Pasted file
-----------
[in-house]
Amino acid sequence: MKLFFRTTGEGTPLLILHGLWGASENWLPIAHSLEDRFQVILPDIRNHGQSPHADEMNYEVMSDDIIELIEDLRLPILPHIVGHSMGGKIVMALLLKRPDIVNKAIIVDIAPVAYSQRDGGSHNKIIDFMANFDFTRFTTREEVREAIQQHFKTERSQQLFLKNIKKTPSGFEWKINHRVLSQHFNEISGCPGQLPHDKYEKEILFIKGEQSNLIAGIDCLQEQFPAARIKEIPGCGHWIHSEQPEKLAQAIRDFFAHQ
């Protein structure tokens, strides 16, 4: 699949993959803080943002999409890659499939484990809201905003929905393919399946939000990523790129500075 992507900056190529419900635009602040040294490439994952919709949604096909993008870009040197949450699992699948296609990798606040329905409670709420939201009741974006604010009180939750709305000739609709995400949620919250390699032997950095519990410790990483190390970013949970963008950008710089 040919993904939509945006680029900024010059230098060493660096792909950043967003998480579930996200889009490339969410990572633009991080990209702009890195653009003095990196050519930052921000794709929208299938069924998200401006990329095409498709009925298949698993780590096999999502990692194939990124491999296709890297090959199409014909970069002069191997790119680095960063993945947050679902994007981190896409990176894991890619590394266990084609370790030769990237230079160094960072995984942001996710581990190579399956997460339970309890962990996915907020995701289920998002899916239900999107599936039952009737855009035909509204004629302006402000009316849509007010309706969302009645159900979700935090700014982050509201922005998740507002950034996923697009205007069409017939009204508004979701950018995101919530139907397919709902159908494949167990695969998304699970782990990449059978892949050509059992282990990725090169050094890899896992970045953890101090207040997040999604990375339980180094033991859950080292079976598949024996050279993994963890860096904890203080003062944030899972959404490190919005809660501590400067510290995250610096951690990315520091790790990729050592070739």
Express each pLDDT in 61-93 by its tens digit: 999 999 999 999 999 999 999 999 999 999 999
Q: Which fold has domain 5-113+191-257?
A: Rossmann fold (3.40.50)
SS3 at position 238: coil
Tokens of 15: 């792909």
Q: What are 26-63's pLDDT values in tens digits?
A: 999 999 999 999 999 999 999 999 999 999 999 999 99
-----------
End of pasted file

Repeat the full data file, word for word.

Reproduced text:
[in-house]
Amino acid sequence: MKLFFRTTGEGTPLLILHGLWGASENWLPIAHSLEDRFQVILPDIRNHGQSPHADEMNYEVMSDDIIELIEDLRLPILPHIVGHSMGGKIVMALLLKRPDIVNKAIIVDIAPVAYSQRDGGSHNKIIDFMANFDFTRFTTREEVREAIQQHFKTERSQQLFLKNIKKTPSGFEWKINHRVLSQHFNEISGCPGQLPHDKYEKEILFIKGEQSNLIAGIDCLQEQFPAARIKEIPGCGHWIHSEQPEKLAQAIRDFFAHQ
């Protein structure tokens, strides 16, 4: 699949993959803080943002999409890659499939484990809201905003929905393919399946939000990523790129500075 992507900056190529419900635009602040040294490439994952919709949604096909993008870009040197949450699992699948296609990798606040329905409670709420939201009741974006604010009180939750709305000739609709995400949620919250390699032997950095519990410790990483190390970013949970963008950008710089 040919993904939509945006680029900024010059230098060493660096792909950043967003998480579930996200889009490339969410990572633009991080990209702009890195653009003095990196050519930052921000794709929208299938069924998200401006990329095409498709009925298949698993780590096999999502990692194939990124491999296709890297090959199409014909970069002069191997790119680095960063993945947050679902994007981190896409990176894991890619590394266990084609370790030769990237230079160094960072995984942001996710581990190579399956997460339970309890962990996915907020995701289920998002899916239900999107599936039952009737855009035909509204004629302006402000009316849509007010309706969302009645159900979700935090700014982050509201922005998740507002950034996923697009205007069409017939009204508004979701950018995101919530139907397919709902159908494949167990695969998304699970782990990449059978892949050509059992282990990725090169050094890899896992970045953890101090207040997040999604990375339980180094033991859950080292079976598949024996050279993994963890860096904890203080003062944030899972959404490190919005809660501590400067510290995250610096951690990315520091790790990729050592070739």
Express each pLDDT in 61-93 by its tens digit: 999 999 999 999 999 999 999 999 999 999 999
Q: Which fold has domain 5-113+191-257?
A: Rossmann fold (3.40.50)
SS3 at position 238: coil
Tokens of 15: 């792909």
Q: What are 26-63's pLDDT values in tens digits?
A: 999 999 999 999 999 999 999 999 999 999 999 999 99